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Museum updates artworks for times of social distancing

The personal protective equipment also features in updated takes on The Twins.

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A re-imagined version of The Bridesmaid by John Everett Millais of how the artwork might look in times of social distancing, which the attraction is using as a postcard (Fitzwilliam Museum/ PA)

A re-imagined version of The Bridesmaid by John Everett Millais of how the artwork might look in times of social distancing, which the attraction is using as a postcard (Fitzwilliam Museum/ PA)

A re-imagined version of The Bridesmaid by John Everett Millais of how the artwork might look in times of social distancing, which the attraction is using as a postcard (Fitzwilliam Museum/ PA)

A museum has created postcard versions of how some of its artworks might look in times of social distancing.

In a re-imagined version of Bridesmaid, painted by John Everett Millais in 1851, his subject dons a delicate floral face mask to match her silken gown.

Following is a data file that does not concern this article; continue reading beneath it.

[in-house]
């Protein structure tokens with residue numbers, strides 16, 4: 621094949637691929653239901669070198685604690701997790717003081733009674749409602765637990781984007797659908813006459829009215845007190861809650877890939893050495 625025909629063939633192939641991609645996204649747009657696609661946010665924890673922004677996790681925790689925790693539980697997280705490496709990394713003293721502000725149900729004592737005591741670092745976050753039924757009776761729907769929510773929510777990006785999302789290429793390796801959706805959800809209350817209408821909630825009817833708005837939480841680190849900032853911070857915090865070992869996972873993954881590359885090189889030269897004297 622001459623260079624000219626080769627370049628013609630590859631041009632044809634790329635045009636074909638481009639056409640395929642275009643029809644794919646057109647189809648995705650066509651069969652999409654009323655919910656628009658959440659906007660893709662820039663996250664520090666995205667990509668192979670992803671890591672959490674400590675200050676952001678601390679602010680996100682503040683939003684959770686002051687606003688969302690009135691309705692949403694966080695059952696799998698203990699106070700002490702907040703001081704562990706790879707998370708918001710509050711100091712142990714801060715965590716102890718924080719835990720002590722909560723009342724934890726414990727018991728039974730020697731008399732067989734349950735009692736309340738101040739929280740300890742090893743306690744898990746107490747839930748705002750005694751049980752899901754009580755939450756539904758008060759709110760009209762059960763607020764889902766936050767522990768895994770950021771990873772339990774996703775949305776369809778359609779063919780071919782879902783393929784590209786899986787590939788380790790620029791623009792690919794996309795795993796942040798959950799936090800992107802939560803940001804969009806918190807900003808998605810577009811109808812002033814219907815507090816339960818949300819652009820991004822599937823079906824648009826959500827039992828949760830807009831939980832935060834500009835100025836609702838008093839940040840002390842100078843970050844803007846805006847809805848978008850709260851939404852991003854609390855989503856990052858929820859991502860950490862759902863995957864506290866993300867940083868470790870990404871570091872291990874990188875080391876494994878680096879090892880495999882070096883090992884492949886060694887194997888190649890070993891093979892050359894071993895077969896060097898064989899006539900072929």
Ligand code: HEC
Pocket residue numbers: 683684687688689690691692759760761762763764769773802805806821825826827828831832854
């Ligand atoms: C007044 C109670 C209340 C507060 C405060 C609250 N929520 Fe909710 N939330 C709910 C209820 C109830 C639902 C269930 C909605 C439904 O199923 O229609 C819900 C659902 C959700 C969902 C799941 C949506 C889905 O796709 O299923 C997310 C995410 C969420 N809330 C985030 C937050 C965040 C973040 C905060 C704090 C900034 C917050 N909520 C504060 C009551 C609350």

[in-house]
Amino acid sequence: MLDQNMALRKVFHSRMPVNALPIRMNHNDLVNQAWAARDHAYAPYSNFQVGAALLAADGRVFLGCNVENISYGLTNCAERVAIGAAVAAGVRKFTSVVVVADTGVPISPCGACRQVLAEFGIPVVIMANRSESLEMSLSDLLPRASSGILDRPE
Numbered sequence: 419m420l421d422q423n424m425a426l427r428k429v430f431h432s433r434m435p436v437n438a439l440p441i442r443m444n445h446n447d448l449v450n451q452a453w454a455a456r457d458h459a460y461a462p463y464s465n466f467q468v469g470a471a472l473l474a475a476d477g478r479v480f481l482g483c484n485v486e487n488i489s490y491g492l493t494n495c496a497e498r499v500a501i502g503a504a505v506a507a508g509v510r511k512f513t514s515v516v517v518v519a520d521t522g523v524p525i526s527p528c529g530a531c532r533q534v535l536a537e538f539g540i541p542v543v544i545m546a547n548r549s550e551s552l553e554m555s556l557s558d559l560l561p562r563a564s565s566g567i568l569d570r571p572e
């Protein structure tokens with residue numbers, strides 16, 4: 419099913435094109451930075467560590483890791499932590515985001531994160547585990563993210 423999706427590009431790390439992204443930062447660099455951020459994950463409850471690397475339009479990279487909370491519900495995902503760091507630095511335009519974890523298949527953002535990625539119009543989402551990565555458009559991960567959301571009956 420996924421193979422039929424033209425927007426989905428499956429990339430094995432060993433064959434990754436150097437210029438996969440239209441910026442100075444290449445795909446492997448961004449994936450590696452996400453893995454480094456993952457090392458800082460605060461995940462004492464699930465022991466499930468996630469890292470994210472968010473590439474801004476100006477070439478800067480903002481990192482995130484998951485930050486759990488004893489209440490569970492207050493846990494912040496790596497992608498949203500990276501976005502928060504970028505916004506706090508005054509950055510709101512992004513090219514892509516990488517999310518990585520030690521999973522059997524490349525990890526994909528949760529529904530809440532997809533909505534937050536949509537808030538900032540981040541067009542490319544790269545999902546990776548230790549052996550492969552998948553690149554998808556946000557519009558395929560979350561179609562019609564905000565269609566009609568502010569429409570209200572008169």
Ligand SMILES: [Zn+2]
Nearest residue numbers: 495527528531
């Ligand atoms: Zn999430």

The personal protective equipment also features in updated takes on The Twins, his portrait of Kate and Grace Hoare, as they prepare for an outing with their faithful hound – and in Belgian painter Alfred Emile Leopold Stevens’s La Liseuse, which translates as The Reader.

The images have been created as a range of postcards for sale, to help support Cambridge’s Fitzwilliam Museum, which has been closed to the public since March due to the pandemic.

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A re-imagined version of The Twins by John Everett Millais (Fitzwilliam Museum/PA)

A re-imagined version of The Twins by John Everett Millais (Fitzwilliam Museum/PA)

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A re-imagined version of The Twins by John Everett Millais (Fitzwilliam Museum/PA)

The museum explained, on its website, that the inspiration for Fitzwilliam Masterpieces 2020 Edition was the question: How might the subjects of our favourite paintings be protecting themselves during this most unusual year?

Luke Syson, the museum’s director, said: “Over the last few weeks, things we took for granted have become precious.

“One of those is humour, that sometimes feels in short supply.

“These doctored versions of some of the Fitz’s great masterpieces wittily re-imagine their protagonists as living at this moment.

“What a difference to our understanding of their actions and interactions the addition of a face-cover makes.

“But perhaps they make a serious point too – of how we expect to greet one another with hugs and kisses – and how much changes when that’s not possible.

“At least we can still laugh together. That’s not changed. And I hope these might help.”

To buy the postcards online, see www.fitzwilliammuseumshop.co.uk/museum/fitzwilliam-masterpieces-2020/

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